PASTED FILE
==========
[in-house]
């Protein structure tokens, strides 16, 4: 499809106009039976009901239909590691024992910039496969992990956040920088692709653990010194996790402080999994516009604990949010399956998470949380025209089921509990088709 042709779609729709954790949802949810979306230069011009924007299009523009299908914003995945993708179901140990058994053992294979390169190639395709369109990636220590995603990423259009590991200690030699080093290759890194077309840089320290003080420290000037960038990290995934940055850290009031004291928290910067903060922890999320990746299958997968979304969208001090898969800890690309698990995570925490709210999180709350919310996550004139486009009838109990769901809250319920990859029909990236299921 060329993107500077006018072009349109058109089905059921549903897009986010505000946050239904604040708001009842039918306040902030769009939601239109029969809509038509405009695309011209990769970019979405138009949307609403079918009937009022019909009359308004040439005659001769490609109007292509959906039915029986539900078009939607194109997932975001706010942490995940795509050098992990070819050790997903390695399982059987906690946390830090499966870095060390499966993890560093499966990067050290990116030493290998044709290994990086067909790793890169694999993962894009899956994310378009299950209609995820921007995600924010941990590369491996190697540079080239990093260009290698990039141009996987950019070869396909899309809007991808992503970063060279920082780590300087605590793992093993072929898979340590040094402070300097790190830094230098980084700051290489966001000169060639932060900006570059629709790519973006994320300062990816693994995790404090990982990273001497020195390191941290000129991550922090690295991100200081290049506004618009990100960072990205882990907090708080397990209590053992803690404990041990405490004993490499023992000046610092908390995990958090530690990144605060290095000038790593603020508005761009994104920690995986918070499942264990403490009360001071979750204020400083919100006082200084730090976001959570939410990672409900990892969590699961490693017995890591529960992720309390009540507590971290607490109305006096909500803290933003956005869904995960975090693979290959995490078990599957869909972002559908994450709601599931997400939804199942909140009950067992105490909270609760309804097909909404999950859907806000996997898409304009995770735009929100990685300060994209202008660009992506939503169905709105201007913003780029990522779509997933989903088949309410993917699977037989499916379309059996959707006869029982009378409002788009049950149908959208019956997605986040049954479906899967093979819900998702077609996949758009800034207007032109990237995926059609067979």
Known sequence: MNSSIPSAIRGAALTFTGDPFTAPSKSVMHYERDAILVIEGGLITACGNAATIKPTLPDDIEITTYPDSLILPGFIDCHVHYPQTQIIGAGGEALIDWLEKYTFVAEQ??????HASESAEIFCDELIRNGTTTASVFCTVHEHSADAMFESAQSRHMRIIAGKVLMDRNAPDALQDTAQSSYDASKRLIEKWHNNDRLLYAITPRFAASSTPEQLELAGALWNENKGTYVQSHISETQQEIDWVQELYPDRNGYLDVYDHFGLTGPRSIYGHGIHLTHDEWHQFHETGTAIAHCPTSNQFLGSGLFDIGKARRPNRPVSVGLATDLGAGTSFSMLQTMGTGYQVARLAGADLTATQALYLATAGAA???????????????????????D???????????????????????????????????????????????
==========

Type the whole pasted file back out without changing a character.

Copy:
[in-house]
């Protein structure tokens, strides 16, 4: 499809106009039976009901239909590691024992910039496969992990956040920088692709653990010194996790402080999994516009604990949010399956998470949380025209089921509990088709 042709779609729709954790949802949810979306230069011009924007299009523009299908914003995945993708179901140990058994053992294979390169190639395709369109990636220590995603990423259009590991200690030699080093290759890194077309840089320290003080420290000037960038990290995934940055850290009031004291928290910067903060922890999320990746299958997968979304969208001090898969800890690309698990995570925490709210999180709350919310996550004139486009009838109990769901809250319920990859029909990236299921 060329993107500077006018072009349109058109089905059921549903897009986010505000946050239904604040708001009842039918306040902030769009939601239109029969809509038509405009695309011209990769970019979405138009949307609403079918009937009022019909009359308004040439005659001769490609109007292509959906039915029986539900078009939607194109997932975001706010942490995940795509050098992990070819050790997903390695399982059987906690946390830090499966870095060390499966993890560093499966990067050290990116030493290998044709290994990086067909790793890169694999993962894009899956994310378009299950209609995820921007995600924010941990590369491996190697540079080239990093260009290698990039141009996987950019070869396909899309809007991808992503970063060279920082780590300087605590793992093993072929898979340590040094402070300097790190830094230098980084700051290489966001000169060639932060900006570059629709790519973006994320300062990816693994995790404090990982990273001497020195390191941290000129991550922090690295991100200081290049506004618009990100960072990205882990907090708080397990209590053992803690404990041990405490004993490499023992000046610092908390995990958090530690990144605060290095000038790593603020508005761009994104920690995986918070499942264990403490009360001071979750204020400083919100006082200084730090976001959570939410990672409900990892969590699961490693017995890591529960992720309390009540507590971290607490109305006096909500803290933003956005869904995960975090693979290959995490078990599957869909972002559908994450709601599931997400939804199942909140009950067992105490909270609760309804097909909404999950859907806000996997898409304009995770735009929100990685300060994209202008660009992506939503169905709105201007913003780029990522779509997933989903088949309410993917699977037989499916379309059996959707006869029982009378409002788009049950149908959208019956997605986040049954479906899967093979819900998702077609996949758009800034207007032109990237995926059609067979």
Known sequence: MNSSIPSAIRGAALTFTGDPFTAPSKSVMHYERDAILVIEGGLITACGNAATIKPTLPDDIEITTYPDSLILPGFIDCHVHYPQTQIIGAGGEALIDWLEKYTFVAEQ??????HASESAEIFCDELIRNGTTTASVFCTVHEHSADAMFESAQSRHMRIIAGKVLMDRNAPDALQDTAQSSYDASKRLIEKWHNNDRLLYAITPRFAASSTPEQLELAGALWNENKGTYVQSHISETQQEIDWVQELYPDRNGYLDVYDHFGLTGPRSIYGHGIHLTHDEWHQFHETGTAIAHCPTSNQFLGSGLFDIGKARRPNRPVSVGLATDLGAGTSFSMLQTMGTGYQVARLAGADLTATQALYLATAGAA???????????????????????D???????????????????????????????????????????????